Popular Pakistani writer Ashfaq Ahmed was famous for his radio programme ‘Talqeen Shah,’ which was popular in the 1960s.

Popular actor Qazi Wajid (late) began his career from Radio Pakistan.

Late legendary singers Noor Jehan, Masood Rana and  Inayat Hussain Bhatti gained popularity through Radio Pakistan as well.

In 1957, Radio Pakistan discovered the later Mehdi Hassan initially as a thumri singer, a genre of semi-classical Indian music.

Having a passion for Urdu poetry, he began experimenting with ghazals and that is where his popularity as a ghazal singer initiated.

The singer Reshma also received recognition on Radio Pakistan. After a producer saw her singing at the shrine of Shahbaz Qalandar, Reshma came on to record Laal Meri at the studios of Radio Pakistan.

Radio Pakistan has promoted classical and semi-classical music on massive scale.

The broadcast network has highlighted other genres of music too. ‘Apki Farmaish’ was a popular show. which played film songs.

A Western music request show hosted by Yasmin Tahir played as the name suggests Western tunes from countries like the US and the UK.

Munni Baji was the host of the popular radio show ‘Bachon Ki Duniya’.

Mohni Road in Lahore is named after Mohni Hameed, a popular Christian radio star who was associated with Radio Pakistan.

Hockey, the national game of Pakistan became popular due to the progress of radio. Pioneer Urdu commentator SM Naqvi played a pivotal role in popularising the sport.

Radio Pakistan also unleashed many iconic newscasters. Shakeel Ahmed and Anwar Ahmed were Urdu newscasters, whereas Anita Ghulam Ali and Edward Carapiet read the news in English.

Advertising on the radio in Pakistan started in 1961. It became so popular that advertisers had to book slots and later on asked for more advertising time.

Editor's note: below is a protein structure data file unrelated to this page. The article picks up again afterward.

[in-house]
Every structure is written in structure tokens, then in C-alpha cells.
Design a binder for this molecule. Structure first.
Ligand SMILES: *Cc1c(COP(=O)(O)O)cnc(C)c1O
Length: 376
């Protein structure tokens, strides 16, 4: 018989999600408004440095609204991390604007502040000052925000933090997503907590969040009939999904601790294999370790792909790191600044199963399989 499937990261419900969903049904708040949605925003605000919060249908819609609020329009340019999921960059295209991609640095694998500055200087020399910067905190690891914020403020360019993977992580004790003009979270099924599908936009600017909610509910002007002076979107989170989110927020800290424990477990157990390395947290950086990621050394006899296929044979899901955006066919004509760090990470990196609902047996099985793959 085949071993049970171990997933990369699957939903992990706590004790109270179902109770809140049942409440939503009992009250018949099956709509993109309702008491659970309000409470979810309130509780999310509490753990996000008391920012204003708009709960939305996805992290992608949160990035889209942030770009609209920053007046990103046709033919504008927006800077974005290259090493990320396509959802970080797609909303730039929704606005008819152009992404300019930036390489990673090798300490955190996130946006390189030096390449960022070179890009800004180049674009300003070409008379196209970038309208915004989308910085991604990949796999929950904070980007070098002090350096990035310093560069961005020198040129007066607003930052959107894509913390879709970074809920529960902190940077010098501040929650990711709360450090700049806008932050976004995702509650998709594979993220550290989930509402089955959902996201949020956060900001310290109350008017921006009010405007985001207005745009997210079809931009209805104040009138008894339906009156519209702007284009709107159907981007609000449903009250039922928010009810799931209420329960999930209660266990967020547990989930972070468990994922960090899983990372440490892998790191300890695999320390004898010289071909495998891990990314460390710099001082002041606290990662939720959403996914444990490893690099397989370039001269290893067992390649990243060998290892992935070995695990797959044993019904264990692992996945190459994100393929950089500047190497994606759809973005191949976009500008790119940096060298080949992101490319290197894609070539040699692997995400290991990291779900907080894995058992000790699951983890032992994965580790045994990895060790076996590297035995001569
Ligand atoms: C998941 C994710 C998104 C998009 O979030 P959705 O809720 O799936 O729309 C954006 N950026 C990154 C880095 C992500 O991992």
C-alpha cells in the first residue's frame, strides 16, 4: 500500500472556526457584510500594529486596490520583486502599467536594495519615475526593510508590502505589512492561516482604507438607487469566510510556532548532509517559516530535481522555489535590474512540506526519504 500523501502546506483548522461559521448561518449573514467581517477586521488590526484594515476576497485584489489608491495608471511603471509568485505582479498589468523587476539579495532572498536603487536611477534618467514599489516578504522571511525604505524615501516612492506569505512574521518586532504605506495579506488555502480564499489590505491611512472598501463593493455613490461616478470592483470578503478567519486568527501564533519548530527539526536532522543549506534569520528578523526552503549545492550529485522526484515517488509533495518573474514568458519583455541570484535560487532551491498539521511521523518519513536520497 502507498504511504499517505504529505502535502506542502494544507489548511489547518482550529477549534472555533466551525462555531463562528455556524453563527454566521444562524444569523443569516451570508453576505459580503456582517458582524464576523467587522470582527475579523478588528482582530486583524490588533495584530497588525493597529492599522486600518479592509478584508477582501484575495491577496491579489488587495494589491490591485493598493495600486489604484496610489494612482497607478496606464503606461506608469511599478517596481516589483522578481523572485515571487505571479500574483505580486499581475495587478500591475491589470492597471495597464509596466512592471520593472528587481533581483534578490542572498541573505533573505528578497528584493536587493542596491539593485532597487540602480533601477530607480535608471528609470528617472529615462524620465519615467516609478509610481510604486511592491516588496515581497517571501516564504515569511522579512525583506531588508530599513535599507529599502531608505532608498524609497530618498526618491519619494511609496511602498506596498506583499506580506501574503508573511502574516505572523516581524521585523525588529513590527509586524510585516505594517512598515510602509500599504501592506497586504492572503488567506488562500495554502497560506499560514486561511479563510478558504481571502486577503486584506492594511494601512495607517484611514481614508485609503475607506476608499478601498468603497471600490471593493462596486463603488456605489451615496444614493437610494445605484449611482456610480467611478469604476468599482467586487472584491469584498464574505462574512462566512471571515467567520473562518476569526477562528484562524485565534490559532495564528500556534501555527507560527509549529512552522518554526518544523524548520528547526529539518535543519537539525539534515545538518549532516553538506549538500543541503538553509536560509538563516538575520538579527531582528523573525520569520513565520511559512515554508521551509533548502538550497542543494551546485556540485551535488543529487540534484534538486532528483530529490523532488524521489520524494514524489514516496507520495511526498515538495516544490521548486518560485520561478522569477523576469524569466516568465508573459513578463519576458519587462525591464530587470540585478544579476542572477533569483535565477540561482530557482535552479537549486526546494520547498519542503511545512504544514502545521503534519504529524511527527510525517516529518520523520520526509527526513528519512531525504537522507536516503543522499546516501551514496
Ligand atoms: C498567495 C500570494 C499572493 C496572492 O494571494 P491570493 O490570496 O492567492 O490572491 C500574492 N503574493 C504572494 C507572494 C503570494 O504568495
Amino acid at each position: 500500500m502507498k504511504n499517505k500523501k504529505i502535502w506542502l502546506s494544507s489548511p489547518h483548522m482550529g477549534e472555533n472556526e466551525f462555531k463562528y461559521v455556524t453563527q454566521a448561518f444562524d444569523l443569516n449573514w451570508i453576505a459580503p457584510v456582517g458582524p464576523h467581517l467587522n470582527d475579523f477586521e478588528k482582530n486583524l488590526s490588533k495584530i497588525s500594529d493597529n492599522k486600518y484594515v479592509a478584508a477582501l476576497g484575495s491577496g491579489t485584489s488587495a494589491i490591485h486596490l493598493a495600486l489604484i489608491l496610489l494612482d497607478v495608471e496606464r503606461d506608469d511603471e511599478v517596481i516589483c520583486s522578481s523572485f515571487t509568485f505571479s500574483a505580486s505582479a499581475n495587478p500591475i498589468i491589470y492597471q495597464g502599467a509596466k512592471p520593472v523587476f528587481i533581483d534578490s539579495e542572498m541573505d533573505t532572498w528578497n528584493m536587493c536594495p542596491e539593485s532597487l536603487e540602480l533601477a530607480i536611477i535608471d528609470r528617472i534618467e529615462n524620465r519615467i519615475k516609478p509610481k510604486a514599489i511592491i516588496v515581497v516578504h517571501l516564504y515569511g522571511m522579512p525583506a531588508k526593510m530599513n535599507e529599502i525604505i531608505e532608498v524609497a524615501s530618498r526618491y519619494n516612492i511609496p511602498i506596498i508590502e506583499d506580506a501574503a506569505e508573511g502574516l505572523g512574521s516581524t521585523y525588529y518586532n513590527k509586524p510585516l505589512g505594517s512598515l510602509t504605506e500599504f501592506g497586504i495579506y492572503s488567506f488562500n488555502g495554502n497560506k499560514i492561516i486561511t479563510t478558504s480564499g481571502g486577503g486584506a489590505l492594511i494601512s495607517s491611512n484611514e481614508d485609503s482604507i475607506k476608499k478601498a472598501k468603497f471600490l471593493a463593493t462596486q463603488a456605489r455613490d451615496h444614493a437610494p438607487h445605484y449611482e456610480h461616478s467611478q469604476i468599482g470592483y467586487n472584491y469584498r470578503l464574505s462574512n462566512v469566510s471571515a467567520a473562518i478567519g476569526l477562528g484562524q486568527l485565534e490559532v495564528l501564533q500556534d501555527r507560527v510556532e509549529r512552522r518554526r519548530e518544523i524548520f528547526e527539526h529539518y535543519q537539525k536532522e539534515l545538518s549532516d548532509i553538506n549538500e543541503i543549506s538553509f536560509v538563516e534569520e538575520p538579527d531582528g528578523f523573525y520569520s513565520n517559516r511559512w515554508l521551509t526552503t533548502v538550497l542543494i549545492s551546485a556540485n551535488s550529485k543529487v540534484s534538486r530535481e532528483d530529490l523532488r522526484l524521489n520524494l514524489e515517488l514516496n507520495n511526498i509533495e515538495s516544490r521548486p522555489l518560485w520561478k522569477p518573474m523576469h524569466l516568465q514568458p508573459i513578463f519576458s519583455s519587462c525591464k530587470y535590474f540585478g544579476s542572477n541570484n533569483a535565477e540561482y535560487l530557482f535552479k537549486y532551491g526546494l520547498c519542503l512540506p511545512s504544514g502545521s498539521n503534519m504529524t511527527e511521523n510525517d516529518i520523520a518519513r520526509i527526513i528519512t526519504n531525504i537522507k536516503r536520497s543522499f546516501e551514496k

Radio Pakistan also played a crucial role in informing audiences about floods, earthquakes and other natural disasters.

Radio Pakistan served as a training centre for many television artists, hosts and presenters.

Growth of Radio

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Despite the dominance of Radio Pakistan, the gradual rise of television was a threat.

In the 1990s, this changed when FM radio entered Pakistan and thus began the growth of radio in the country.

Before private FM radio stations emerged in Pakistan, Radio Pakistan launched the first FM radio service in 1993- FM Gold Service.

However, failing to make a mark, the station did a vanishing act very quickly.

Radio FM 100 which came into existence in 1994 was the pioneer of private radio stations in the country. Having bases in Karachi, Lahore, and Islamabad, it had a youthful approach.

Referring to the comparison between Radio Pakistan and FM 100, Qasim A. Moini says in his article for Dawn:

“If Radio Pakistan was a five-course formal sit-down dinner; FM radio was fast food to be consumed on the go.

“It was radio for the modern age.”

FM 100 focused more on music, as young RJ’s communicated with audiences in an informal tone in comparison to a more formal approach of Radio Pakistan.

Noticing that FM 100 was giving tough competition to Radio Pakistan, the latter then launched FM 101.

FM 101 had a similar approach to FM 100, introducing young radio jockeys.

More radio stations came into play in 2002 when former Pakistan President General (retired) Pervaiz Musharraf liberalised the country’s media sector and encouraged privatisation.

In 2017, 45 commercial and 45 commercial institutions received licenses to set up radio stations in Pakistan as per the Pakistan Electronic Media Regulatory Authority (PEMRA).